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Desert Diary
Biology/Geographic Range


Geographic ranges vary tremendously. While Mountain Lions occur from southeastern Alaska to southern Argentina and Chile, some kinds of desert land snails occur only on single small desert mountains. On the other hand, there are only seven kinds of native cats in all of North America (and no more than two in any genus), while there are 25 species of the land snail genus Ashmunella recognized just in New Mexico alone.

These contrasting figures are not accidental, but tied in with the biology of the animals. The Mountain Lion is large and mobile—it may make a several hundred mile circuit in its hunt for sustenance. Movement between disjunct highlands is commonplace.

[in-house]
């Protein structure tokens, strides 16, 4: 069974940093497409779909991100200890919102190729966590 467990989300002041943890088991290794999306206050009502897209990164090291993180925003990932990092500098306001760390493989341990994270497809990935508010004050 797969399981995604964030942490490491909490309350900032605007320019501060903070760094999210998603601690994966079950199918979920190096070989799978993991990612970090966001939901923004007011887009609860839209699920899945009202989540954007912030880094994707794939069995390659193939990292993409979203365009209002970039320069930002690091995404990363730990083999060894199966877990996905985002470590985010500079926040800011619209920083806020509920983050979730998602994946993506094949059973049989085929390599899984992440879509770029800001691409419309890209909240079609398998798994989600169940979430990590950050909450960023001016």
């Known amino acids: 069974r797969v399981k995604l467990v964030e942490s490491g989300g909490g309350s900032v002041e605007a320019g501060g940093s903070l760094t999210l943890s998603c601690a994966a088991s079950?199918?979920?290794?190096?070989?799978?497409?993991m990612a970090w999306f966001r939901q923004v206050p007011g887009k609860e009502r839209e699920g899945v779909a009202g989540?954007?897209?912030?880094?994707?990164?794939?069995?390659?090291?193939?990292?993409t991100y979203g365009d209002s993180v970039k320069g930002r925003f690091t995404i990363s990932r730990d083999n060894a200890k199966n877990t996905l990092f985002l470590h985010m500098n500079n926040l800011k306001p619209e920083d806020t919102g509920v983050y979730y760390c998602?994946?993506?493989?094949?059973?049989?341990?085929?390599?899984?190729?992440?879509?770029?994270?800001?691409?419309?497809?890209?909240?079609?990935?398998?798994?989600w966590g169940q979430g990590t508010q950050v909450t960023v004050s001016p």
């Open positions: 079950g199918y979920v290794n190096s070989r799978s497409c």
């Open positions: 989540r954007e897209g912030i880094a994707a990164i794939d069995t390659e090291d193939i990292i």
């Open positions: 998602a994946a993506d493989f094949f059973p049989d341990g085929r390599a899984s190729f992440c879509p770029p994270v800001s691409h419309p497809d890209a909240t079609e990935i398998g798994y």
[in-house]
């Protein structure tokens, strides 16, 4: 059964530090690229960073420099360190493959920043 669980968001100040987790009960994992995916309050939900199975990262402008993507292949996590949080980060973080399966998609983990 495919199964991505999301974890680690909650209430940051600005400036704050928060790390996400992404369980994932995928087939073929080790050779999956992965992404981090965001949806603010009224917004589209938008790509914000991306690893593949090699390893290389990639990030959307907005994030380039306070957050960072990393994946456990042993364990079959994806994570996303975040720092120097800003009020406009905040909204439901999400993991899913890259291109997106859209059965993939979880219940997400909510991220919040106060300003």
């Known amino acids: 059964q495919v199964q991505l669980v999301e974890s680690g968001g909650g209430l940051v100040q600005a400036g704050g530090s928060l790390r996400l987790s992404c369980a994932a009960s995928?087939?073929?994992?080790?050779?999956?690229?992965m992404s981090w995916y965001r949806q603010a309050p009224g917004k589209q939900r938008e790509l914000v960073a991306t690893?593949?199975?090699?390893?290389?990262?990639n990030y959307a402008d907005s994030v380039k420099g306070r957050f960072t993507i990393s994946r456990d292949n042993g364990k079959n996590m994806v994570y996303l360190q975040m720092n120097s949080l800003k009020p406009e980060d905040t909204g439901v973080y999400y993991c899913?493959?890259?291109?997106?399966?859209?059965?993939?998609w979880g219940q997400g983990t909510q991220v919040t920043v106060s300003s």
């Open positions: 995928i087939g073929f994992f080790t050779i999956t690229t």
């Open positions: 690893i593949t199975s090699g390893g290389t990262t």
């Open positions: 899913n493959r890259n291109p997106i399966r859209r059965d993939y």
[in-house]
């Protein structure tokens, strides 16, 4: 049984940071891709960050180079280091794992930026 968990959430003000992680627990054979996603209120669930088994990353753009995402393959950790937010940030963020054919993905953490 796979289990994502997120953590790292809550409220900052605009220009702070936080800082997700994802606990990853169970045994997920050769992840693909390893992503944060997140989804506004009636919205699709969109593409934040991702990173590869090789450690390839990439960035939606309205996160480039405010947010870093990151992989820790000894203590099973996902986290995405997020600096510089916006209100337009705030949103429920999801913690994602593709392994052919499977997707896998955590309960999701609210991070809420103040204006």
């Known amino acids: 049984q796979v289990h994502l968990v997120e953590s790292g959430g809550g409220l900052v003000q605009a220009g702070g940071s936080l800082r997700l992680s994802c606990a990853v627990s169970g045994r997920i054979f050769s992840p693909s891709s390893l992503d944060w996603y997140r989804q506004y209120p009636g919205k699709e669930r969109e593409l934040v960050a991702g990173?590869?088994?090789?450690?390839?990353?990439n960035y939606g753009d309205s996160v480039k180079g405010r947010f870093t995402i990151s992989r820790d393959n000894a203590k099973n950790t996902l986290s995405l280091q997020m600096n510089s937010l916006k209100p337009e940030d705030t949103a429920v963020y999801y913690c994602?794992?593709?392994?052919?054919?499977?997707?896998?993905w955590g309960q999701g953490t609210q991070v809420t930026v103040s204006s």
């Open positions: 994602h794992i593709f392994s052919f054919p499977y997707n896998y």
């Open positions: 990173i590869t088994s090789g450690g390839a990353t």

Snails, though, are small, and their slow pace is legendary. Most individuals would die of old age long before making it from one mountain to a nearby peak. Spreading out slowly during benign climates, snails became marooned in the more hospitable highlands as conditions degenerated. Isolated, each population has evolved without entanglements with others, eventually becoming separate species. Mountain Lions, never isolated, remain one species.
pen and ink


Contributor: Arthur H. Harris, Laboratory for Environmental Biology, Centennial Museum, University of Texas at El Paso.

Desert Diary is a joint production of the Centennial Museum and KTEP National Public Radio at the University of Texas at El Paso.

Range map of Mtn. Lion

An example of a range map. Each dot represents a record of Mountain Lion (Felis concolor) as of the mid 1970s. Shaded areas represent Ponderosa Pine forest and higher-elevation vegetation. Contour lines are for 5000 ft. After Findley, et al., 1975.



Findley, J. S., A. H. Harris, D. E. Wilson, and C. Jones. 1975. Mammals of New Mexico. University of New Mexico Press, Albuquerque, 360 pp.